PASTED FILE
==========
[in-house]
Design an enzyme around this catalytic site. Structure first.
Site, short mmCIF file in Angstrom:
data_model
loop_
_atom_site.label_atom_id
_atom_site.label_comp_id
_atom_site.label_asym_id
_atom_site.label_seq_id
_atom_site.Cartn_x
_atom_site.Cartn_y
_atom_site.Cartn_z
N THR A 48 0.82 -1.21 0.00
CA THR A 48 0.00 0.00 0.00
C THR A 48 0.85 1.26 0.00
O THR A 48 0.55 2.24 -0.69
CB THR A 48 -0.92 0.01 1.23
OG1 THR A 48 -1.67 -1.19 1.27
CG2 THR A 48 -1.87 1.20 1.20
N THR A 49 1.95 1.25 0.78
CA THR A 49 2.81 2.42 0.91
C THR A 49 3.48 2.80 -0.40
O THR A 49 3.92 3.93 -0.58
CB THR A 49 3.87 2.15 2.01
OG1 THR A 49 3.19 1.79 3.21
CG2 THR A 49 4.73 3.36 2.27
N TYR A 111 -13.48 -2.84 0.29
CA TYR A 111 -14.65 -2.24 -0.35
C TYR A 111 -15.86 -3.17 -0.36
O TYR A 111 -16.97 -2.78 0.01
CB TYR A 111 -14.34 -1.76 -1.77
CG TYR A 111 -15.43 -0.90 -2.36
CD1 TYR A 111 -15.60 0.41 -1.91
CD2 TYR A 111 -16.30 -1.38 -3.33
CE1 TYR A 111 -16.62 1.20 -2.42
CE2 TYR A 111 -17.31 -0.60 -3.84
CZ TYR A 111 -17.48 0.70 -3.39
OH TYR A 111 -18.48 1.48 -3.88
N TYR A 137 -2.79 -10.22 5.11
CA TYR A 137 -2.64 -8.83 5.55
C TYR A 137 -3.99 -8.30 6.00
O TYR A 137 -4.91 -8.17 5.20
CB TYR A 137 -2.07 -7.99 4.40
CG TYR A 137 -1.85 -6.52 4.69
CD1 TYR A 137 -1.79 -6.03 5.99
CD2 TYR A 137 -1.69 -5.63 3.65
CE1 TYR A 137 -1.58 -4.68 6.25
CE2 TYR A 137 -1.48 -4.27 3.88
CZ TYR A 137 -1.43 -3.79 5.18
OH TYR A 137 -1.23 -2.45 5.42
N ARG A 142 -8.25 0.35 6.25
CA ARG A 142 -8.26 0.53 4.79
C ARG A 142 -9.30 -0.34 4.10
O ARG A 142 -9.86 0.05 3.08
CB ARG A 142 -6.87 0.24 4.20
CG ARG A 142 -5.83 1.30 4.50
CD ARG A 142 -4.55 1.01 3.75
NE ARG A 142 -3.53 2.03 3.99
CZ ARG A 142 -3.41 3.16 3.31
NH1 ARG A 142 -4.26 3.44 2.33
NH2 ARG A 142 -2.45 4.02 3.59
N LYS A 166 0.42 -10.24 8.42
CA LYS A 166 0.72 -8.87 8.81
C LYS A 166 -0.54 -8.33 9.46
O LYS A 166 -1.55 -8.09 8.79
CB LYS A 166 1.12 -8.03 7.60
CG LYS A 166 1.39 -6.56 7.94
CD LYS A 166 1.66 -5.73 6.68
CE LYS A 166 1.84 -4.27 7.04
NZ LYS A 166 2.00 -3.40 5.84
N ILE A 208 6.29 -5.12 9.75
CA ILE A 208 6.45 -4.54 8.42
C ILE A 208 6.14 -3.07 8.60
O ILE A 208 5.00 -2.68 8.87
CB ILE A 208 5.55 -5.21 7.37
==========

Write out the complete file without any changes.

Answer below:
[in-house]
Design an enzyme around this catalytic site. Structure first.
Site, short mmCIF file in Angstrom:
data_model
loop_
_atom_site.label_atom_id
_atom_site.label_comp_id
_atom_site.label_asym_id
_atom_site.label_seq_id
_atom_site.Cartn_x
_atom_site.Cartn_y
_atom_site.Cartn_z
N THR A 48 0.82 -1.21 0.00
CA THR A 48 0.00 0.00 0.00
C THR A 48 0.85 1.26 0.00
O THR A 48 0.55 2.24 -0.69
CB THR A 48 -0.92 0.01 1.23
OG1 THR A 48 -1.67 -1.19 1.27
CG2 THR A 48 -1.87 1.20 1.20
N THR A 49 1.95 1.25 0.78
CA THR A 49 2.81 2.42 0.91
C THR A 49 3.48 2.80 -0.40
O THR A 49 3.92 3.93 -0.58
CB THR A 49 3.87 2.15 2.01
OG1 THR A 49 3.19 1.79 3.21
CG2 THR A 49 4.73 3.36 2.27
N TYR A 111 -13.48 -2.84 0.29
CA TYR A 111 -14.65 -2.24 -0.35
C TYR A 111 -15.86 -3.17 -0.36
O TYR A 111 -16.97 -2.78 0.01
CB TYR A 111 -14.34 -1.76 -1.77
CG TYR A 111 -15.43 -0.90 -2.36
CD1 TYR A 111 -15.60 0.41 -1.91
CD2 TYR A 111 -16.30 -1.38 -3.33
CE1 TYR A 111 -16.62 1.20 -2.42
CE2 TYR A 111 -17.31 -0.60 -3.84
CZ TYR A 111 -17.48 0.70 -3.39
OH TYR A 111 -18.48 1.48 -3.88
N TYR A 137 -2.79 -10.22 5.11
CA TYR A 137 -2.64 -8.83 5.55
C TYR A 137 -3.99 -8.30 6.00
O TYR A 137 -4.91 -8.17 5.20
CB TYR A 137 -2.07 -7.99 4.40
CG TYR A 137 -1.85 -6.52 4.69
CD1 TYR A 137 -1.79 -6.03 5.99
CD2 TYR A 137 -1.69 -5.63 3.65
CE1 TYR A 137 -1.58 -4.68 6.25
CE2 TYR A 137 -1.48 -4.27 3.88
CZ TYR A 137 -1.43 -3.79 5.18
OH TYR A 137 -1.23 -2.45 5.42
N ARG A 142 -8.25 0.35 6.25
CA ARG A 142 -8.26 0.53 4.79
C ARG A 142 -9.30 -0.34 4.10
O ARG A 142 -9.86 0.05 3.08
CB ARG A 142 -6.87 0.24 4.20
CG ARG A 142 -5.83 1.30 4.50
CD ARG A 142 -4.55 1.01 3.75
NE ARG A 142 -3.53 2.03 3.99
CZ ARG A 142 -3.41 3.16 3.31
NH1 ARG A 142 -4.26 3.44 2.33
NH2 ARG A 142 -2.45 4.02 3.59
N LYS A 166 0.42 -10.24 8.42
CA LYS A 166 0.72 -8.87 8.81
C LYS A 166 -0.54 -8.33 9.46
O LYS A 166 -1.55 -8.09 8.79
CB LYS A 166 1.12 -8.03 7.60
CG LYS A 166 1.39 -6.56 7.94
CD LYS A 166 1.66 -5.73 6.68
CE LYS A 166 1.84 -4.27 7.04
NZ LYS A 166 2.00 -3.40 5.84
N ILE A 208 6.29 -5.12 9.75
CA ILE A 208 6.45 -4.54 8.42
C ILE A 208 6.14 -3.07 8.60
O ILE A 208 5.00 -2.68 8.87
CB ILE A 208 5.55 -5.21 7.37